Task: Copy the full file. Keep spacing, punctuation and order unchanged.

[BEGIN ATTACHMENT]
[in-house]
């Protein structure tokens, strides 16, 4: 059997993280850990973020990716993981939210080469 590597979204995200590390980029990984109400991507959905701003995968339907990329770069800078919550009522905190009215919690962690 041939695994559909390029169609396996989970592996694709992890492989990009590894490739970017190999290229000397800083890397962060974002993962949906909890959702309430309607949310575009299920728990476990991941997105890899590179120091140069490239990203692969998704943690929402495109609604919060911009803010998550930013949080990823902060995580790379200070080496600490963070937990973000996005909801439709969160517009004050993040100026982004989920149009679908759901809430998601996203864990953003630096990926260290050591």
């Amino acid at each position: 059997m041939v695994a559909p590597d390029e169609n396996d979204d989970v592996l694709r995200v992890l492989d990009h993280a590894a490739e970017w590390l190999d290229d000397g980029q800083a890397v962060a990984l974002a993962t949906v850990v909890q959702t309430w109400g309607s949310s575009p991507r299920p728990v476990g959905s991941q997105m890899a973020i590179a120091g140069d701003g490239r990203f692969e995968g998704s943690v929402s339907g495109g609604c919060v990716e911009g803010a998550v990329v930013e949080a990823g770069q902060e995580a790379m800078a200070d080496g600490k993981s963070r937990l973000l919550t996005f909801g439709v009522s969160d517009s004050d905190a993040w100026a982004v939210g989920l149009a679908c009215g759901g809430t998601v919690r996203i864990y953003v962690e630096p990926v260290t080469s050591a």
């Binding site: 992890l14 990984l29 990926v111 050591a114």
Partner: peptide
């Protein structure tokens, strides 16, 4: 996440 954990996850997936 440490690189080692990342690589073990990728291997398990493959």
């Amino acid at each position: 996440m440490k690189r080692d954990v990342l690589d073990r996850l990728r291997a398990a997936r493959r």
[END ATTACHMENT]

[in-house]
């Protein structure tokens, strides 16, 4: 059997993280850990973020990716993981939210080469 590597979204995200590390980029990984109400991507959905701003995968339907990329770069800078919550009522905190009215919690962690 041939695994559909390029169609396996989970592996694709992890492989990009590894490739970017190999290229000397800083890397962060974002993962949906909890959702309430309607949310575009299920728990476990991941997105890899590179120091140069490239990203692969998704943690929402495109609604919060911009803010998550930013949080990823902060995580790379200070080496600490963070937990973000996005909801439709969160517009004050993040100026982004989920149009679908759901809430998601996203864990953003630096990926260290050591």
């Amino acid at each position: 059997m041939v695994a559909p590597d390029e169609n396996d979204d989970v592996l694709r995200v992890l492989d990009h993280a590894a490739e970017w590390l190999d290229d000397g980029q800083a890397v962060a990984l974002a993962t949906v850990v909890q959702t309430w109400g309607s949310s575009p991507r299920p728990v476990g959905s991941q997105m890899a973020i590179a120091g140069d701003g490239r990203f692969e995968g998704s943690v929402s339907g495109g609604c919060v990716e911009g803010a998550v990329v930013e949080a990823g770069q902060e995580a790379m800078a200070d080496g600490k993981s963070r937990l973000l919550t996005f909801g439709v009522s969160d517009s004050d905190a993040w100026a982004v939210g989920l149009a679908c009215g759901g809430t998601v919690r996203i864990y953003v962690e630096p990926v260290t080469s050591a």
């Binding site: 992890l14 990984l29 990926v111 050591a114």
Partner: peptide
């Protein structure tokens, strides 16, 4: 996440 954990996850997936 440490690189080692990342690589073990990728291997398990493959």
């Amino acid at each position: 996440m440490k690189r080692d954990v990342l690589d073990r996850l990728r291997a398990a997936r493959r």